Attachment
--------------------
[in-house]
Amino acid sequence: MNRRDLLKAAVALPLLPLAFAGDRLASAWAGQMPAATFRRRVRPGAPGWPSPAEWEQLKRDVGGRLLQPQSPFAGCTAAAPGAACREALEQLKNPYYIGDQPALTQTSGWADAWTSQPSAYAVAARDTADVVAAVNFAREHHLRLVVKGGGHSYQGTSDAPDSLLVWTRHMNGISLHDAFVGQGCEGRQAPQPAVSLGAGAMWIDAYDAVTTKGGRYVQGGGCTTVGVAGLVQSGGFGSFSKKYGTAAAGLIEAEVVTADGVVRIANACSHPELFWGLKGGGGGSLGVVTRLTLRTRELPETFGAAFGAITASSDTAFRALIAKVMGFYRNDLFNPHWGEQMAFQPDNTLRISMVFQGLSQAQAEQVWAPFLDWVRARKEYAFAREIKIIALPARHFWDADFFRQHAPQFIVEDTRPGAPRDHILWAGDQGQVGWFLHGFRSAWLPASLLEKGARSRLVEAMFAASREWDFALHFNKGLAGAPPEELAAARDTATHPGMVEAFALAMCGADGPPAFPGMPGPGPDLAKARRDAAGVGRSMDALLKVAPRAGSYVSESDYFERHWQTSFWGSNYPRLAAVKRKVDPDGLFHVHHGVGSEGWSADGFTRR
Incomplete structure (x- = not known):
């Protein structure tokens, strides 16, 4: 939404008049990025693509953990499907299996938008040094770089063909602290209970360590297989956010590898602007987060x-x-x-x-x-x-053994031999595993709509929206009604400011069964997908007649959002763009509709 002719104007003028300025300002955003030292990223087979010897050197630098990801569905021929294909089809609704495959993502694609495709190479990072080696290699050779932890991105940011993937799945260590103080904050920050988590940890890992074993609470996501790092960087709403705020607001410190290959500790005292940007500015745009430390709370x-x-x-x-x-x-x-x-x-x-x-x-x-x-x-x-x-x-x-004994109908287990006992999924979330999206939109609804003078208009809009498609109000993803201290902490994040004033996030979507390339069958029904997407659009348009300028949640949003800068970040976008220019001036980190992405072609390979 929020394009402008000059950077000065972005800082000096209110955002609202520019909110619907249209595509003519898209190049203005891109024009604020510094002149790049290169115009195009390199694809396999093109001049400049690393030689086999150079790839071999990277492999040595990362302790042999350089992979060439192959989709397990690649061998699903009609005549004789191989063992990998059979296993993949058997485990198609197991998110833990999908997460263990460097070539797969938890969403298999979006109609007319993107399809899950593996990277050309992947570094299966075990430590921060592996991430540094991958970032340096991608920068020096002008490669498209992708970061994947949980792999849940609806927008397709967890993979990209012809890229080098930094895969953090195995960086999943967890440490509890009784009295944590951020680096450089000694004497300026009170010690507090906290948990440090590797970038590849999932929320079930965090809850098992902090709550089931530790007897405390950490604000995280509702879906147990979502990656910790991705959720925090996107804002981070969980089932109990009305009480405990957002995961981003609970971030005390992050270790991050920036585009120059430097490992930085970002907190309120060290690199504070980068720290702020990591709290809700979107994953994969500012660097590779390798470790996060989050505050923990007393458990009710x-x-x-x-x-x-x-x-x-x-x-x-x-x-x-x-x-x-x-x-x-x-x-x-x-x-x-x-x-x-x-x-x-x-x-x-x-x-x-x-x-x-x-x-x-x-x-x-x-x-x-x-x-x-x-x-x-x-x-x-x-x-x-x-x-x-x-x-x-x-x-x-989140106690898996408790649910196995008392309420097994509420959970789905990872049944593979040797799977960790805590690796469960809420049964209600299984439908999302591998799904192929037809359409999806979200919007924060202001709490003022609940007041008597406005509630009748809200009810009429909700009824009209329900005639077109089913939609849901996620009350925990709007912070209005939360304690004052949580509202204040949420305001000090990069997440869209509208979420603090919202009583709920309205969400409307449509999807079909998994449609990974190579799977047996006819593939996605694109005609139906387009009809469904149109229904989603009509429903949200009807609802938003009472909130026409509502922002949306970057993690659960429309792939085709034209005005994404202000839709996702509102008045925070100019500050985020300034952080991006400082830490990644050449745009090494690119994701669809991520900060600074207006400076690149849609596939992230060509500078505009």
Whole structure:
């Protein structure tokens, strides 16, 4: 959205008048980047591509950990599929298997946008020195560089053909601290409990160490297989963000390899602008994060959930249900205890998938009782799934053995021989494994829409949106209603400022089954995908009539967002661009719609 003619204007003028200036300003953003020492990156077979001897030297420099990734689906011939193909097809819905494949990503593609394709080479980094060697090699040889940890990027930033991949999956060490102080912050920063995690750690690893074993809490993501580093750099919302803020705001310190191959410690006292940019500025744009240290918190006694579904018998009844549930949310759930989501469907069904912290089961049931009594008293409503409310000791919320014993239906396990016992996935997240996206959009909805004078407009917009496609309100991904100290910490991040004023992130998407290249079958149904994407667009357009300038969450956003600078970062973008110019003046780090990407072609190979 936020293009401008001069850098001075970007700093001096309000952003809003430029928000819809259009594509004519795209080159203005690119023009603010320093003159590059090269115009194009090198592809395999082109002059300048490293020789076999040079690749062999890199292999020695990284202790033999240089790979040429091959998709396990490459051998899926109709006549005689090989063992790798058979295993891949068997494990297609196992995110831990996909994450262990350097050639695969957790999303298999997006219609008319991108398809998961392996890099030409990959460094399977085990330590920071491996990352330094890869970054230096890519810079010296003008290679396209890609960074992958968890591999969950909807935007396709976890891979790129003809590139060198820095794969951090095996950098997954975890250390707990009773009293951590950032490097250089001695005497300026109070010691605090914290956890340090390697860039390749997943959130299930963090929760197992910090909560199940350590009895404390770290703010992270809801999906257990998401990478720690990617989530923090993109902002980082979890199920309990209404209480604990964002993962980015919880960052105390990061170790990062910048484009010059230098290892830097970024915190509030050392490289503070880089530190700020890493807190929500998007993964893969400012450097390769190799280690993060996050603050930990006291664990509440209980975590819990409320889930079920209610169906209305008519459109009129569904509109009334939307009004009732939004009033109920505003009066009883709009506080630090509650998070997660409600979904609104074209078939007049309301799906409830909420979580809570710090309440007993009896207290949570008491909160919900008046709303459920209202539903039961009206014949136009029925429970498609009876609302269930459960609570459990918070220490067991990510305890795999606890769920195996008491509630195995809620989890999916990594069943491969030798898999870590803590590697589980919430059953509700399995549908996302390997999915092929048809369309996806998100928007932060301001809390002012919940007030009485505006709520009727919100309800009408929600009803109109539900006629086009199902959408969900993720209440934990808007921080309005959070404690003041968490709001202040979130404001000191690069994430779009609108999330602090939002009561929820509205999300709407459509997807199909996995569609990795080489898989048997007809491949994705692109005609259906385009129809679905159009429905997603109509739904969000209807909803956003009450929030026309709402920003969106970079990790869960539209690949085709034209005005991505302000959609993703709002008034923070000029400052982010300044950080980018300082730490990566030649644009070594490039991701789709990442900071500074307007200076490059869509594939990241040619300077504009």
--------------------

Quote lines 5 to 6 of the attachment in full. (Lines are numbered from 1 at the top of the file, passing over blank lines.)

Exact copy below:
Whole structure:
């Protein structure tokens, strides 16, 4: 959205008048980047591509950990599929298997946008020195560089053909601290409990160490297989963000390899602008994060959930249900205890998938009782799934053995021989494994829409949106209603400022089954995908009539967002661009719609 003619204007003028200036300003953003020492990156077979001897030297420099990734689906011939193909097809819905494949990503593609394709080479980094060697090699040889940890990027930033991949999956060490102080912050920063995690750690690893074993809490993501580093750099919302803020705001310190191959410690006292940019500025744009240290918190006694579904018998009844549930949310759930989501469907069904912290089961049931009594008293409503409310000791919320014993239906396990016992996935997240996206959009909805004078407009917009496609309100991904100290910490991040004023992130998407290249079958149904994407667009357009300038969450956003600078970062973008110019003046780090990407072609190979 936020293009401008001069850098001075970007700093001096309000952003809003430029928000819809259009594509004519795209080159203005690119023009603010320093003159590059090269115009194009090198592809395999082109002059300048490293020789076999040079690749062999890199292999020695990284202790033999240089790979040429091959998709396990490459051998899926109709006549005689090989063992790798058979295993891949068997494990297609196992995110831990996909994450262990350097050639695969957790999303298999997006219609008319991108398809998961392996890099030409990959460094399977085990330590920071491996990352330094890869970054230096890519810079010296003008290679396209890609960074992958968890591999969950909807935007396709976890891979790129003809590139060198820095794969951090095996950098997954975890250390707990009773009293951590950032490097250089001695005497300026109070010691605090914290956890340090390697860039390749997943959130299930963090929760197992910090909560199940350590009895404390770290703010992270809801999906257990998401990478720690990617989530923090993109902002980082979890199920309990209404209480604990964002993962980015919880960052105390990061170790990062910048484009010059230098290892830097970024915190509030050392490289503070880089530190700020890493807190929500998007993964893969400012450097390769190799280690993060996050603050930990006291664990509440209980975590819990409320889930079920209610169906209305008519459109009129569904509109009334939307009004009732939004009033109920505003009066009883709009506080630090509650998070997660409600979904609104074209078939007049309301799906409830909420979580809570710090309440007993009896207290949570008491909160919900008046709303459920209202539903039961009206014949136009029925429970498609009876609302269930459960609570459990918070220490067991990510305890795999606890769920195996008491509630195995809620989890999916990594069943491969030798898999870590803590590697589980919430059953509700399995549908996302390997999915092929048809369309996806998100928007932060301001809390002012919940007030009485505006709520009727919100309800009408929600009803109109539900006629086009199902959408969900993720209440934990808007921080309005959070404690003041968490709001202040979130404001000191690069994430779009609108999330602090939002009561929820509205999300709407459509997807199909996995569609990795080489898989048997007809491949994705692109005609259906385009129809679905159009429905997603109509739904969000209807909803956003009450929030026309709402920003969106970079990790869960539209690949085709034209005005991505302000959609993703709002008034923070000029400052982010300044950080980018300082730490990566030649644009070594490039991701789709990442900071500074307007200076490059869509594939990241040619300077504009």